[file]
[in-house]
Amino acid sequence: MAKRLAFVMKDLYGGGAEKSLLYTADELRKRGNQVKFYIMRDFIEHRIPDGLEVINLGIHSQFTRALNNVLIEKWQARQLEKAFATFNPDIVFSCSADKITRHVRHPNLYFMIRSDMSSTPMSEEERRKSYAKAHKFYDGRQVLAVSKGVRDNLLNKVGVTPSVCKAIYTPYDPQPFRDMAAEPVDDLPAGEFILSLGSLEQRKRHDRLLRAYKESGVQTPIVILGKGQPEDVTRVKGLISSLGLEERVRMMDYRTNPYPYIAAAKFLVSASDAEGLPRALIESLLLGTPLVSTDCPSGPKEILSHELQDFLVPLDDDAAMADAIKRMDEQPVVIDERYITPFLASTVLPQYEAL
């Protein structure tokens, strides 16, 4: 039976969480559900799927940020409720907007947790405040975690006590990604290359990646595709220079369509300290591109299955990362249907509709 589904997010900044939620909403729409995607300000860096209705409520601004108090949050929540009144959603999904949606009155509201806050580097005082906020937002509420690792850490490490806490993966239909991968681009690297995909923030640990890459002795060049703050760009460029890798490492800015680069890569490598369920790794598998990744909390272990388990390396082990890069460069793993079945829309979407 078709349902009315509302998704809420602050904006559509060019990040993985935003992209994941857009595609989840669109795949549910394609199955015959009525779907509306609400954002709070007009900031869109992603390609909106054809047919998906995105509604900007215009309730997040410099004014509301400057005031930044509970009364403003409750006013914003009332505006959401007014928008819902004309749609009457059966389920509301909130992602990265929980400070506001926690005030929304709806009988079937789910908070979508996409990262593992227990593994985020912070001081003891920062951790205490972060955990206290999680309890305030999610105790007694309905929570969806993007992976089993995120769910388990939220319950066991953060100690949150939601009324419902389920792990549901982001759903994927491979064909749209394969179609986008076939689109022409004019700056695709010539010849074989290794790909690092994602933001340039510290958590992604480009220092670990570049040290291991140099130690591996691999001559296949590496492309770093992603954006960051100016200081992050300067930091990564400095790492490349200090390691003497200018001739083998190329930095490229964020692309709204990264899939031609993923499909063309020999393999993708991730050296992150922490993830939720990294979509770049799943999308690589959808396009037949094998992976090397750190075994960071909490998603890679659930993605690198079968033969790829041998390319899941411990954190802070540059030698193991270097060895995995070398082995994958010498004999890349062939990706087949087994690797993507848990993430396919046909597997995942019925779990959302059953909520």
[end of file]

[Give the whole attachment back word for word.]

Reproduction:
[in-house]
Amino acid sequence: MAKRLAFVMKDLYGGGAEKSLLYTADELRKRGNQVKFYIMRDFIEHRIPDGLEVINLGIHSQFTRALNNVLIEKWQARQLEKAFATFNPDIVFSCSADKITRHVRHPNLYFMIRSDMSSTPMSEEERRKSYAKAHKFYDGRQVLAVSKGVRDNLLNKVGVTPSVCKAIYTPYDPQPFRDMAAEPVDDLPAGEFILSLGSLEQRKRHDRLLRAYKESGVQTPIVILGKGQPEDVTRVKGLISSLGLEERVRMMDYRTNPYPYIAAAKFLVSASDAEGLPRALIESLLLGTPLVSTDCPSGPKEILSHELQDFLVPLDDDAAMADAIKRMDEQPVVIDERYITPFLASTVLPQYEAL
């Protein structure tokens, strides 16, 4: 039976969480559900799927940020409720907007947790405040975690006590990604290359990646595709220079369509300290591109299955990362249907509709 589904997010900044939620909403729409995607300000860096209705409520601004108090949050929540009144959603999904949606009155509201806050580097005082906020937002509420690792850490490490806490993966239909991968681009690297995909923030640990890459002795060049703050760009460029890798490492800015680069890569490598369920790794598998990744909390272990388990390396082990890069460069793993079945829309979407 078709349902009315509302998704809420602050904006559509060019990040993985935003992209994941857009595609989840669109795949549910394609199955015959009525779907509306609400954002709070007009900031869109992603390609909106054809047919998906995105509604900007215009309730997040410099004014509301400057005031930044509970009364403003409750006013914003009332505006959401007014928008819902004309749609009457059966389920509301909130992602990265929980400070506001926690005030929304709806009988079937789910908070979508996409990262593992227990593994985020912070001081003891920062951790205490972060955990206290999680309890305030999610105790007694309905929570969806993007992976089993995120769910388990939220319950066991953060100690949150939601009324419902389920792990549901982001759903994927491979064909749209394969179609986008076939689109022409004019700056695709010539010849074989290794790909690092994602933001340039510290958590992604480009220092670990570049040290291991140099130690591996691999001559296949590496492309770093992603954006960051100016200081992050300067930091990564400095790492490349200090390691003497200018001739083998190329930095490229964020692309709204990264899939031609993923499909063309020999393999993708991730050296992150922490993830939720990294979509770049799943999308690589959808396009037949094998992976090397750190075994960071909490998603890679659930993605690198079968033969790829041998390319899941411990954190802070540059030698193991270097060895995995070398082995994958010498004999890349062939990706087949087994690797993507848990993430396919046909597997995942019925779990959302059953909520």